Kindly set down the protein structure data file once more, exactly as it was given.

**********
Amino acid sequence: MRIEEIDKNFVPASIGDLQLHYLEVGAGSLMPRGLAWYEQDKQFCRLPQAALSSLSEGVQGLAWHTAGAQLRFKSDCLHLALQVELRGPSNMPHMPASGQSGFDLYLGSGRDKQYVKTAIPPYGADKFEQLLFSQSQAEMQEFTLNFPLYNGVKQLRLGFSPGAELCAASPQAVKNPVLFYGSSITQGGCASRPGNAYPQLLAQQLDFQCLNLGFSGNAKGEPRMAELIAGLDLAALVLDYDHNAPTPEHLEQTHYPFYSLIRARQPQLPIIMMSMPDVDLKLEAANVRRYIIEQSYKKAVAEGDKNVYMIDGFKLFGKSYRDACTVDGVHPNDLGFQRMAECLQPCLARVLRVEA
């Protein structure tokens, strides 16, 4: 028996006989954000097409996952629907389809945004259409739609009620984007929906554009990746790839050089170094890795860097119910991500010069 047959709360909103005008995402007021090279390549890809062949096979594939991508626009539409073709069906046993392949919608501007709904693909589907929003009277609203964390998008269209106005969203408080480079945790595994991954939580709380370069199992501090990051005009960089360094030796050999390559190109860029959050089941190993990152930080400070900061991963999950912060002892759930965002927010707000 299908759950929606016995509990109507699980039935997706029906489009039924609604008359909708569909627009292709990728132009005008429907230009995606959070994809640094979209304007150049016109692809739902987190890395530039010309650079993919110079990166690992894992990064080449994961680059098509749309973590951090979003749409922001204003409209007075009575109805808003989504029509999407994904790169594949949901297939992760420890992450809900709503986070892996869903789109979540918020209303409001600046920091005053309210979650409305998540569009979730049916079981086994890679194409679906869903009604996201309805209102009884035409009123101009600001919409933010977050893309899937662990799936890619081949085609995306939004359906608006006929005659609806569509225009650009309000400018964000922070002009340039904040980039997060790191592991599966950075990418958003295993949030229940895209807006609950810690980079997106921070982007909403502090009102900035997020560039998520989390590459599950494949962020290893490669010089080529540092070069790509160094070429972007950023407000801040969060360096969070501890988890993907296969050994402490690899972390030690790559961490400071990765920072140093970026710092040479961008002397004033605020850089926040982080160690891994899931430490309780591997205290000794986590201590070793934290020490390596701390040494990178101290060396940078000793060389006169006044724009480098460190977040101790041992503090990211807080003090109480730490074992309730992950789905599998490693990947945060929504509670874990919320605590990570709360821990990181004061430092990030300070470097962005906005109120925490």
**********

Amino acid sequence: MRIEEIDKNFVPASIGDLQLHYLEVGAGSLMPRGLAWYEQDKQFCRLPQAALSSLSEGVQGLAWHTAGAQLRFKSDCLHLALQVELRGPSNMPHMPASGQSGFDLYLGSGRDKQYVKTAIPPYGADKFEQLLFSQSQAEMQEFTLNFPLYNGVKQLRLGFSPGAELCAASPQAVKNPVLFYGSSITQGGCASRPGNAYPQLLAQQLDFQCLNLGFSGNAKGEPRMAELIAGLDLAALVLDYDHNAPTPEHLEQTHYPFYSLIRARQPQLPIIMMSMPDVDLKLEAANVRRYIIEQSYKKAVAEGDKNVYMIDGFKLFGKSYRDACTVDGVHPNDLGFQRMAECLQPCLARVLRVEA
């Protein structure tokens, strides 16, 4: 028996006989954000097409996952629907389809945004259409739609009620984007929906554009990746790839050089170094890795860097119910991500010069 047959709360909103005008995402007021090279390549890809062949096979594939991508626009539409073709069906046993392949919608501007709904693909589907929003009277609203964390998008269209106005969203408080480079945790595994991954939580709380370069199992501090990051005009960089360094030796050999390559190109860029959050089941190993990152930080400070900061991963999950912060002892759930965002927010707000 299908759950929606016995509990109507699980039935997706029906489009039924609604008359909708569909627009292709990728132009005008429907230009995606959070994809640094979209304007150049016109692809739902987190890395530039010309650079993919110079990166690992894992990064080449994961680059098509749309973590951090979003749409922001204003409209007075009575109805808003989504029509999407994904790169594949949901297939992760420890992450809900709503986070892996869903789109979540918020209303409001600046920091005053309210979650409305998540569009979730049916079981086994890679194409679906869903009604996201309805209102009884035409009123101009600001919409933010977050893309899937662990799936890619081949085609995306939004359906608006006929005659609806569509225009650009309000400018964000922070002009340039904040980039997060790191592991599966950075990418958003295993949030229940895209807006609950810690980079997106921070982007909403502090009102900035997020560039998520989390590459599950494949962020290893490669010089080529540092070069790509160094070429972007950023407000801040969060360096969070501890988890993907296969050994402490690899972390030690790559961490400071990765920072140093970026710092040479961008002397004033605020850089926040982080160690891994899931430490309780591997205290000794986590201590070793934290020490390596701390040494990178101290060396940078000793060389006169006044724009480098460190977040101790041992503090990211807080003090109480730490074992309730992950789905599998490693990947945060929504509670874990919320605590990570709360821990990181004061430092990030300070470097962005906005109120925490």